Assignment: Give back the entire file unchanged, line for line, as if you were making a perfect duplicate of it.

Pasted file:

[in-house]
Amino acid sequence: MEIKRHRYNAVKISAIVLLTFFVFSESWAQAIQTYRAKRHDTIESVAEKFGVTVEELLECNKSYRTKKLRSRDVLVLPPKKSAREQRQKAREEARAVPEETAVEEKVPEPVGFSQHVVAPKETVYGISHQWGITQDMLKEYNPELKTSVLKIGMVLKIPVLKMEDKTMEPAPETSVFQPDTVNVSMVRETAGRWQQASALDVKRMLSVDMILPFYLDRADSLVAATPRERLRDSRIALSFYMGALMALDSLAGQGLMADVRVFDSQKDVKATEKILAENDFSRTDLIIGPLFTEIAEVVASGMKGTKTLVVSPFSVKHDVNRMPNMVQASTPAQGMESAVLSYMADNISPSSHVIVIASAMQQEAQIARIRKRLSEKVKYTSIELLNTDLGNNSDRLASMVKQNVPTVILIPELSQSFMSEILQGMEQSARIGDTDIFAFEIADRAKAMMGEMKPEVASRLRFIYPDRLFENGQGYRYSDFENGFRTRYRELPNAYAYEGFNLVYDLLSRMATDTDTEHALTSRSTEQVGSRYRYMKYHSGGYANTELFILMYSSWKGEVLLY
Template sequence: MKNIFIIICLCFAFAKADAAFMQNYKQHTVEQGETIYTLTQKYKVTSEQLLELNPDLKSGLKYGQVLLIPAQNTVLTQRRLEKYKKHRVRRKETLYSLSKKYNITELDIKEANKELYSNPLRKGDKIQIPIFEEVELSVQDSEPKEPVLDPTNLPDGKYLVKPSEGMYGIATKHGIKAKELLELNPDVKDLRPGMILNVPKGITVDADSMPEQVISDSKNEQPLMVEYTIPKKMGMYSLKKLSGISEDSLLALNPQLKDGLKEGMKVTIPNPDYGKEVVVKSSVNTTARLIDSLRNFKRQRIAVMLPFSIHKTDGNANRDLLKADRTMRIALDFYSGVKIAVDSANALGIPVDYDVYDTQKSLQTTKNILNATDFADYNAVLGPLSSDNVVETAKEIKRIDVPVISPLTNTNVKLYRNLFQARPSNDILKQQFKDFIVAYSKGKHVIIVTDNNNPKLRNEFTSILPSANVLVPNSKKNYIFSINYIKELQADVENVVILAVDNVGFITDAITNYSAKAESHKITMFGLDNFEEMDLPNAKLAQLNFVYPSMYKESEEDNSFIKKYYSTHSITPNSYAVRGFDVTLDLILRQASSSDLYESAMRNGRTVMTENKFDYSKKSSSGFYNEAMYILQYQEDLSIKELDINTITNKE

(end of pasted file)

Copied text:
[in-house]
Amino acid sequence: MEIKRHRYNAVKISAIVLLTFFVFSESWAQAIQTYRAKRHDTIESVAEKFGVTVEELLECNKSYRTKKLRSRDVLVLPPKKSAREQRQKAREEARAVPEETAVEEKVPEPVGFSQHVVAPKETVYGISHQWGITQDMLKEYNPELKTSVLKIGMVLKIPVLKMEDKTMEPAPETSVFQPDTVNVSMVRETAGRWQQASALDVKRMLSVDMILPFYLDRADSLVAATPRERLRDSRIALSFYMGALMALDSLAGQGLMADVRVFDSQKDVKATEKILAENDFSRTDLIIGPLFTEIAEVVASGMKGTKTLVVSPFSVKHDVNRMPNMVQASTPAQGMESAVLSYMADNISPSSHVIVIASAMQQEAQIARIRKRLSEKVKYTSIELLNTDLGNNSDRLASMVKQNVPTVILIPELSQSFMSEILQGMEQSARIGDTDIFAFEIADRAKAMMGEMKPEVASRLRFIYPDRLFENGQGYRYSDFENGFRTRYRELPNAYAYEGFNLVYDLLSRMATDTDTEHALTSRSTEQVGSRYRYMKYHSGGYANTELFILMYSSWKGEVLLY
Template sequence: MKNIFIIICLCFAFAKADAAFMQNYKQHTVEQGETIYTLTQKYKVTSEQLLELNPDLKSGLKYGQVLLIPAQNTVLTQRRLEKYKKHRVRRKETLYSLSKKYNITELDIKEANKELYSNPLRKGDKIQIPIFEEVELSVQDSEPKEPVLDPTNLPDGKYLVKPSEGMYGIATKHGIKAKELLELNPDVKDLRPGMILNVPKGITVDADSMPEQVISDSKNEQPLMVEYTIPKKMGMYSLKKLSGISEDSLLALNPQLKDGLKEGMKVTIPNPDYGKEVVVKSSVNTTARLIDSLRNFKRQRIAVMLPFSIHKTDGNANRDLLKADRTMRIALDFYSGVKIAVDSANALGIPVDYDVYDTQKSLQTTKNILNATDFADYNAVLGPLSSDNVVETAKEIKRIDVPVISPLTNTNVKLYRNLFQARPSNDILKQQFKDFIVAYSKGKHVIIVTDNNNPKLRNEFTSILPSANVLVPNSKKNYIFSINYIKELQADVENVVILAVDNVGFITDAITNYSAKAESHKITMFGLDNFEEMDLPNAKLAQLNFVYPSMYKESEEDNSFIKKYYSTHSITPNSYAVRGFDVTLDLILRQASSSDLYESAMRNGRTVMTENKFDYSKKSSSGFYNEAMYILQYQEDLSIKELDINTITNKE